The mystery that surrounded Dum Dum Girls is no longer an issue as Dee Dee Penny, who the U.S. Census bureau know as Kristin Gundred, and her three black-clad beauties have recently made their way onto stages across the U.S. and the U.K. Complete with drummer Frankie Rose (ex-Vivian Girls/Crystal Stilts), a Silvertone-branded arsenal of guitars and outfits that only accentuate the sexual, almost-dangerous appeal of the quartet’s sound, Dee Dee commands a voice that carries so much weight and romantic earnestness into each song that comprises the stunning debut I Will Be.
It would be foolish not to mention the visual aspect of Dum Dum Girls because they make heavily reverberated bubblegum-pop look so seductive. But that becomes an afterthought as we’re treated to the outstanding “Jail La La”, a perfect single about waking up in a cell with people who are “covered in shit and high as a kite”. Then there’s the sugary twee-pop duet with husband and Crocodiles main man Brandon Welchez on the irresistible “Blank Girl”. And yet another banging track, the fast-paced “I Will Be” — featuring all-girl harmonies that sound suspended in clouds. Musically, the band defines itself apart from any mystery or stage persona with a cleaner, crisp and more approachable sound throughout the roughly 30-minute full-length.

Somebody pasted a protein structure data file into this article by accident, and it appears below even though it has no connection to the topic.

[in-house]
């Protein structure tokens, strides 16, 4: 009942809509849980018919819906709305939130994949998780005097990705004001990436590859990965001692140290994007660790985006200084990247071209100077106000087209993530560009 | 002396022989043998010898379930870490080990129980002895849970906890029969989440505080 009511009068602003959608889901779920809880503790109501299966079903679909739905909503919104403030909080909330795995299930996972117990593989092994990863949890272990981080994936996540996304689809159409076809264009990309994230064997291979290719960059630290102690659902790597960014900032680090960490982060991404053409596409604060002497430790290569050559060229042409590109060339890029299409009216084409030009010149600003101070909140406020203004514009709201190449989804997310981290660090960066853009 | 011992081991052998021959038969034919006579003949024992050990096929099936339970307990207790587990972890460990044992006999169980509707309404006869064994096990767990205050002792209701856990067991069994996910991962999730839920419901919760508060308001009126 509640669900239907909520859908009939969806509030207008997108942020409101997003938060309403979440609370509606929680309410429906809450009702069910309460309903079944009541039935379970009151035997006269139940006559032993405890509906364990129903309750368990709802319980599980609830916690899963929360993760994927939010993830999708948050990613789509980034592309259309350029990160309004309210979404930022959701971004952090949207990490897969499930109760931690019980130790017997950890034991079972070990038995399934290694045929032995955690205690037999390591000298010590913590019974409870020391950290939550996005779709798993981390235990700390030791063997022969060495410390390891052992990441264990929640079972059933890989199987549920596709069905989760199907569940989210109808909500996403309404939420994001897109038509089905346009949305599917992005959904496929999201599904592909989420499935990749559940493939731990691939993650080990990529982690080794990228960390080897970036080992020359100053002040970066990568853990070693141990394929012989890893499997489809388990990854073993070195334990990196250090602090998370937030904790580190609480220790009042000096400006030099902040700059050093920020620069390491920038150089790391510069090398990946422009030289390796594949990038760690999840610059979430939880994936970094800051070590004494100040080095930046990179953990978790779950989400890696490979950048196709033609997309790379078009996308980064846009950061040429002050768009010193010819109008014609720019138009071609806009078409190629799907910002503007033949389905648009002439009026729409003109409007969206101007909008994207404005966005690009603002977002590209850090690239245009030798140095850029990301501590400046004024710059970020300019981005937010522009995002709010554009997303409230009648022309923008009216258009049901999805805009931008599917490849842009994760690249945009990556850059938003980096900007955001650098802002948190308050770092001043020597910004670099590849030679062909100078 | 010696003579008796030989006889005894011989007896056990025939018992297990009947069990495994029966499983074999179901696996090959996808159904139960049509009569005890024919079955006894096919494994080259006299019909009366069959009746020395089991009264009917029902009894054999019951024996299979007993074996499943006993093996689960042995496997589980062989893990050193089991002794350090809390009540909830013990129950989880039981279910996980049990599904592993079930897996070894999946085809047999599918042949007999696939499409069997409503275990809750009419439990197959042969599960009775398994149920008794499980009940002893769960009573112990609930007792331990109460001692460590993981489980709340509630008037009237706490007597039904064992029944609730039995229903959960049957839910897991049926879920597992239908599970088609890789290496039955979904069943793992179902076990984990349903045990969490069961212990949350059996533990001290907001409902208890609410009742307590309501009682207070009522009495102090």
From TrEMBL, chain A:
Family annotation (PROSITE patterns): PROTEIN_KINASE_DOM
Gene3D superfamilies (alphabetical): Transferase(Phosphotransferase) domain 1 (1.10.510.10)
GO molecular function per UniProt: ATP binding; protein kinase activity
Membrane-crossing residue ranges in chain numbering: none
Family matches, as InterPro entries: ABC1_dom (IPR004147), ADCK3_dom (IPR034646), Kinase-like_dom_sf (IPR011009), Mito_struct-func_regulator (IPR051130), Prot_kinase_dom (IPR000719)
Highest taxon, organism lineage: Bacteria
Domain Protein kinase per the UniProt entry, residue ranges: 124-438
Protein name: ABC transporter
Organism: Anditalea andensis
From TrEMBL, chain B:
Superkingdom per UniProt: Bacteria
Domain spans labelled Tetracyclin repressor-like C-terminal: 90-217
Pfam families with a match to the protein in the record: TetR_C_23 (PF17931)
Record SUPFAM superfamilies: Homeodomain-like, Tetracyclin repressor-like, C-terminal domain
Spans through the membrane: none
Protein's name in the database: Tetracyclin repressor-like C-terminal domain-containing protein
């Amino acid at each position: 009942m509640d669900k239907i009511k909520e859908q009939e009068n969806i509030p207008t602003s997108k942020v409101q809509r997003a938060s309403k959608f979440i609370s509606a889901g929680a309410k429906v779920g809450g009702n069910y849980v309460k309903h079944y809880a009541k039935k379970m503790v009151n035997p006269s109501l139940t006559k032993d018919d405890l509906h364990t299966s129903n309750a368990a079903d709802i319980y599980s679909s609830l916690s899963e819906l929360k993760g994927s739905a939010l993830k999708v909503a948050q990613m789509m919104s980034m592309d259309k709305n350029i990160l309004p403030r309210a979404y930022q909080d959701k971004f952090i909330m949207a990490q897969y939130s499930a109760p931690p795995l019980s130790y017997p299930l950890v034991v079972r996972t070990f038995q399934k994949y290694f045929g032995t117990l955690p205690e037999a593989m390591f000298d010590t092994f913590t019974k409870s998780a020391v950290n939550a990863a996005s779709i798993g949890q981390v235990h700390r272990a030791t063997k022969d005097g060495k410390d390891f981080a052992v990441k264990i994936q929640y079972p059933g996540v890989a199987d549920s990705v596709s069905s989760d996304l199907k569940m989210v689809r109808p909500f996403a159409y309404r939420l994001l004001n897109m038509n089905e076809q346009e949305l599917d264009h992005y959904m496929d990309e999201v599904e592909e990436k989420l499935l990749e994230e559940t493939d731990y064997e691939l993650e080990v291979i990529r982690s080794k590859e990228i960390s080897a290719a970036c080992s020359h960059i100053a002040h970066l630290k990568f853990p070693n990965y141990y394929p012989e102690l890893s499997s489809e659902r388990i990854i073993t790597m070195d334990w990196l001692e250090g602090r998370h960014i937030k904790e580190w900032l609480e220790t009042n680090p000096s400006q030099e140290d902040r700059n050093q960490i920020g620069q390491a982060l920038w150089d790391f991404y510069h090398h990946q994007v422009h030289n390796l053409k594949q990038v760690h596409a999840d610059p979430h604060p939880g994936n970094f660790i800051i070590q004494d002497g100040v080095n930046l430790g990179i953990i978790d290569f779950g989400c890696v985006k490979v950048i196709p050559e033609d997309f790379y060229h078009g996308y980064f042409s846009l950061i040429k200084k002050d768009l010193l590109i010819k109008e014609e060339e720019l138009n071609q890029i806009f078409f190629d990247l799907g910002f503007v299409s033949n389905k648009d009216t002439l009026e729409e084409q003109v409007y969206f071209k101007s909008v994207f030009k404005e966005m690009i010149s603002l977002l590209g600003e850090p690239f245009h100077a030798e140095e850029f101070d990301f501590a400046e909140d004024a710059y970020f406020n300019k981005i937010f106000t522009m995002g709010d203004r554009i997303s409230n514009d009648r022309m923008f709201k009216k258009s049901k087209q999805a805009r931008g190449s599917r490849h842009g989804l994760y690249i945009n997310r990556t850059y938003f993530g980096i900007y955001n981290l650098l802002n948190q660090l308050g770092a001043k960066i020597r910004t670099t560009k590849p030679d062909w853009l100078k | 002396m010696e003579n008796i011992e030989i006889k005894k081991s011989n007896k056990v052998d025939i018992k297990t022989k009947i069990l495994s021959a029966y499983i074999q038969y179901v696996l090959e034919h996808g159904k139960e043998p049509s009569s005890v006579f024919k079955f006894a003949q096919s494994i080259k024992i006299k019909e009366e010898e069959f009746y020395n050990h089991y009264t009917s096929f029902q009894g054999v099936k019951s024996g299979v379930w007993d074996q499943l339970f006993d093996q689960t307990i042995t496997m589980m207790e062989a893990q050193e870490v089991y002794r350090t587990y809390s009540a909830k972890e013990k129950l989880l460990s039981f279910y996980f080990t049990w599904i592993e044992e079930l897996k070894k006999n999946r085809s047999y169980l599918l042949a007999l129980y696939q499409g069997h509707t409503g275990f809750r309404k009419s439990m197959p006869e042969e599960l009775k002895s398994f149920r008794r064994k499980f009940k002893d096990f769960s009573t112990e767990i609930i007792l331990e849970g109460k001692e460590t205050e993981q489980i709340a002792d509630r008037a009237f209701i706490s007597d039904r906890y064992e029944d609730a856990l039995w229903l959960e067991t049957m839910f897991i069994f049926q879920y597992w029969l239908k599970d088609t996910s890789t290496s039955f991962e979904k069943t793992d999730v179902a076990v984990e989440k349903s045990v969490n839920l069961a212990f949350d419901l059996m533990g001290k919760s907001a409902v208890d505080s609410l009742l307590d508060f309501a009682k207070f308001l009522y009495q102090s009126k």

The production from hit-maker Richard Gottehrer (“My Boyfriend’s Back”) certainly helped Gundred fine-tune her crackled mixes of previous singles and collaborations into an album of balanced clarity and cavernous wail. “Lines of Her Eyes” and “Everybody’s Out” keep the focus on the payoff: dynamite vocals with repetitive, accessible choruses and melodies that are so convincing yet require no effort to fall in love with. The two beautiful lullabies “Rest of Our Lives” and closer “Baby Don’t Go” make you forget there’s even a guitar present with Gundred breathing sweet nothings into your ear — I wouldn’t be surprised if I found either of those softer moments in a hipster wedding DJ set. And the snarling “Oh Mein Me” — sung entirely in German — is fierce and noisy, a beautiful counterpoint to remind you that this album not only sways, it rocks.
With the release of I Will Be, Dum Dum Girls should now avoid any and all comparisons to other popular blogged about female-fronted groups, lo-fi/bedroom acts and any band sporting wayfarers with a digital reverb pedal snuggled in their purse. Her natural singing talent and delivery is so powerful that you just want to bathe in it. Sure, there’s no hiding the nods to 1960’s sock-hop pop or even bands like The Raveonettes and The Primitives, but Dum Dum Girls have a craft for writing hooks that transcend any trend or style. words/ s mcdonald
MP3: Dum Dum Girls :: Jail La La